West Virginia's economic profile has evolved to more closely resemble that of the nation with increases in the service sectors; however, its economy remains relatively narrow with a reduced but still important presence of cyclical natural resource industries. The state lagged the U.S. entrance into the recession, posting positive employment growth of 0.5% in 2008, versus the national decline of 0.4%. State employment declined 2.1% in 2009, significantly better than the national decline of 4.6% and was flat in 2010 while the U.S. continued to decline 0.8%. Employment growth was fairly strong at the end of calendar year 2010 and into 2011, but has since abated somewhat, growing 0.5% year-over-year as of August while the U.S. grew 1%.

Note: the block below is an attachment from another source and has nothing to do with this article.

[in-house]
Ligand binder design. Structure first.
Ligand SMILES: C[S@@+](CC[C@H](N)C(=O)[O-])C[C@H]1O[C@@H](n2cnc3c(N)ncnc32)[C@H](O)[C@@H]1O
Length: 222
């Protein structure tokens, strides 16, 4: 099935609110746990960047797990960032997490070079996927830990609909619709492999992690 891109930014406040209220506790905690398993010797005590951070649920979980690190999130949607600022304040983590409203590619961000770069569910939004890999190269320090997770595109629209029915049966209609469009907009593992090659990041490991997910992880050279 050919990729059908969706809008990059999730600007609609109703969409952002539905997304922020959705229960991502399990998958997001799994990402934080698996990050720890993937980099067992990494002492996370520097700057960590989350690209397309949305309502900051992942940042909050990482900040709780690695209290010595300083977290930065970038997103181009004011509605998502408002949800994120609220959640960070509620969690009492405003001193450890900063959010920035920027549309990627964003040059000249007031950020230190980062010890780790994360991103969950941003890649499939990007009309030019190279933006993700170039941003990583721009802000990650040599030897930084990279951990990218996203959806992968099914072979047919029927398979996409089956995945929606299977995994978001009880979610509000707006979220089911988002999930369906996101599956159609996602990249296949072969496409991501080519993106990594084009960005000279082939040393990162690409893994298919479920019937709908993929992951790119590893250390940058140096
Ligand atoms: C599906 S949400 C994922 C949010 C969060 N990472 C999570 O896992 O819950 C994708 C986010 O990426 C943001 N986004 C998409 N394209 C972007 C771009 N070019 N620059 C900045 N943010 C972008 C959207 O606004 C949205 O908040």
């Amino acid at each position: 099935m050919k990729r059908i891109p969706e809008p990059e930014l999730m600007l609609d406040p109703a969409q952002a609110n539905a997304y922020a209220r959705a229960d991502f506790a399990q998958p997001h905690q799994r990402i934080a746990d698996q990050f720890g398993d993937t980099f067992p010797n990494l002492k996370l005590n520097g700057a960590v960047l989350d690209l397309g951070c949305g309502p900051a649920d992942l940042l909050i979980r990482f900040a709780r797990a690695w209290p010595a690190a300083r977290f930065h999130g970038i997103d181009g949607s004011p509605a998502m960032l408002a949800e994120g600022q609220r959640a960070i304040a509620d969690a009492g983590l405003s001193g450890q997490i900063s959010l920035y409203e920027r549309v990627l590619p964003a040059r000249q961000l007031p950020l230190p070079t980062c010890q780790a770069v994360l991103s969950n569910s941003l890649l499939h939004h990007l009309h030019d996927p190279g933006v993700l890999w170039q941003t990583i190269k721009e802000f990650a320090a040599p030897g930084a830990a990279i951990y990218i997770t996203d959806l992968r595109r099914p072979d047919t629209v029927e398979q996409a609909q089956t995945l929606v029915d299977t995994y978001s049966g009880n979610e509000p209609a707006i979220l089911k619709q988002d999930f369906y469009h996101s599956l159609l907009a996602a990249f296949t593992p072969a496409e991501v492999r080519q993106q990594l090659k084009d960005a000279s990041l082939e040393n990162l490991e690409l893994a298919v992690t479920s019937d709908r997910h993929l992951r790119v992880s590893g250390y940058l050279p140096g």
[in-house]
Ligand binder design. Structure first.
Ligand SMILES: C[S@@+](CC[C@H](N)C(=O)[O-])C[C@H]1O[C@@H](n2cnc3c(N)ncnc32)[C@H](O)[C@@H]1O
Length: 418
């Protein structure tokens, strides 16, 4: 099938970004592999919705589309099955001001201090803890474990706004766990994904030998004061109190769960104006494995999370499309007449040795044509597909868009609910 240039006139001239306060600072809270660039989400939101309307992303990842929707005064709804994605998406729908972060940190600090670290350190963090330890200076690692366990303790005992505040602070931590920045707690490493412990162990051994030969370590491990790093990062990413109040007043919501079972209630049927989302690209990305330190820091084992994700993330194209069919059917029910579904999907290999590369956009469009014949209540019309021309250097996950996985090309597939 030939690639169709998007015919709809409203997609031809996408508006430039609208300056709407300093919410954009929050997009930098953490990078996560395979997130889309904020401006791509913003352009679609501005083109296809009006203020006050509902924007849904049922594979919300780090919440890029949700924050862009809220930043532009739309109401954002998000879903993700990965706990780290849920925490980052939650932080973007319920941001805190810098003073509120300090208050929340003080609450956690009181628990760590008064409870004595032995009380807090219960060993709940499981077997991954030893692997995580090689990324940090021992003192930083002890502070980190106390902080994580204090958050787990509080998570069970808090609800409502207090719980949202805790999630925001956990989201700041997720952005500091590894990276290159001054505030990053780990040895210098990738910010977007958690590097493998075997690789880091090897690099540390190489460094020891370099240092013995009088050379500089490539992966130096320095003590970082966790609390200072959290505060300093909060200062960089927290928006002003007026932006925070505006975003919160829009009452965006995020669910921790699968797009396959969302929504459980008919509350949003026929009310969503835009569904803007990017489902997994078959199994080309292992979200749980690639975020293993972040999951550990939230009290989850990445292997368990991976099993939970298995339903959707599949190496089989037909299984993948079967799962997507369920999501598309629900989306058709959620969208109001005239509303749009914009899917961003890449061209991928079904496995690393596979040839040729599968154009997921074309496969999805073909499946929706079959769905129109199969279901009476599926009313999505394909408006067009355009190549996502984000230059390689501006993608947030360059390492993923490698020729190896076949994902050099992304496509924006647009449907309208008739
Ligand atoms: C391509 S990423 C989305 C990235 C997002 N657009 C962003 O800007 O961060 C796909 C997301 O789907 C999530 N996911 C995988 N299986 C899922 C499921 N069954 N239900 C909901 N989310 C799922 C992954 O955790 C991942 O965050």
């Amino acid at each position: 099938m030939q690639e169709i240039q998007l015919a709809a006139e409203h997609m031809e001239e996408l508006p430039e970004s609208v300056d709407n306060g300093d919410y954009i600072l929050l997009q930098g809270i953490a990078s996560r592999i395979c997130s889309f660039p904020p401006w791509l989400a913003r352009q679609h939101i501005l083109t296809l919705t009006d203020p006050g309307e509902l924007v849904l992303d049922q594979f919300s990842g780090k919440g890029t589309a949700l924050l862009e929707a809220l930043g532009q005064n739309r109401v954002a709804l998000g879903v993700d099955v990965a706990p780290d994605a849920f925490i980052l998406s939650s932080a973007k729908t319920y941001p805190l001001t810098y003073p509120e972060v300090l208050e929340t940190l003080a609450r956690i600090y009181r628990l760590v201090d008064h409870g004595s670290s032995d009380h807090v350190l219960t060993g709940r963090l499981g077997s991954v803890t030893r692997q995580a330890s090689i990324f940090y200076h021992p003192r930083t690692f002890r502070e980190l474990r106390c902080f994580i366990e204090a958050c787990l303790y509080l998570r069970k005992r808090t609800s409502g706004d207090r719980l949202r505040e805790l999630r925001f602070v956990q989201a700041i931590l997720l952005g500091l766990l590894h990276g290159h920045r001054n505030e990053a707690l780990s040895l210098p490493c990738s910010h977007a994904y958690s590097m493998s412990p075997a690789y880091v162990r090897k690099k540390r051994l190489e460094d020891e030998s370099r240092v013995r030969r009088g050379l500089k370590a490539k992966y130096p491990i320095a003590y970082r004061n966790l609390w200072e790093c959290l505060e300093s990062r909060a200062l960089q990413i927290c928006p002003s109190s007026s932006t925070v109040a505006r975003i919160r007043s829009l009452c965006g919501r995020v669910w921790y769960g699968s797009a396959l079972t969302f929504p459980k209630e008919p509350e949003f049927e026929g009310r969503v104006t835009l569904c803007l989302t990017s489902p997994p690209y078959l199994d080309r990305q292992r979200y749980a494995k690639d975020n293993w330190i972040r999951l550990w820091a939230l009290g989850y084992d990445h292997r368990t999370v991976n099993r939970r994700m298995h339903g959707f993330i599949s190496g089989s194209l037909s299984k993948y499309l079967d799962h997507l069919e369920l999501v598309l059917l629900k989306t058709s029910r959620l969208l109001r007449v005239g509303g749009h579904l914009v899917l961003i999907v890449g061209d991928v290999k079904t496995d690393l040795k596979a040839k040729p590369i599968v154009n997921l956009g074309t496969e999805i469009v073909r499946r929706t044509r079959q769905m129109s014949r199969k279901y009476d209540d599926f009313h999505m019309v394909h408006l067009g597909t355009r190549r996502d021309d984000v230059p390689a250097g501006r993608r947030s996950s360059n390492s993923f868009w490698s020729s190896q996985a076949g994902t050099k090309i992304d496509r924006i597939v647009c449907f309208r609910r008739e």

West Virginia's economy had been marked by low and generally slow-growing personal incomes. However, recent performance has been notably stronger than that of the nation; in 2008 state personal income growth was 143% of that of the nation, and in 2009 state personal income increased 2% over the prior year while nationally a decline of 1.7% was realized. Similarly, in 2010, state personal income grew 3.6% while the U.S. grew at a slower 3% rate. As a result of the strong performance, West Virginia's per capita personal income now ranks 48th of the states, at 80.1% of the U.S. rate, a relatively high percentage for the state. Unemployment rates have been near or even below national average over the past decade; population has remained stable while employment has grown. The August unemployment rate of 8.1% continues to compare favorably to the U.S. rate of 9.1%.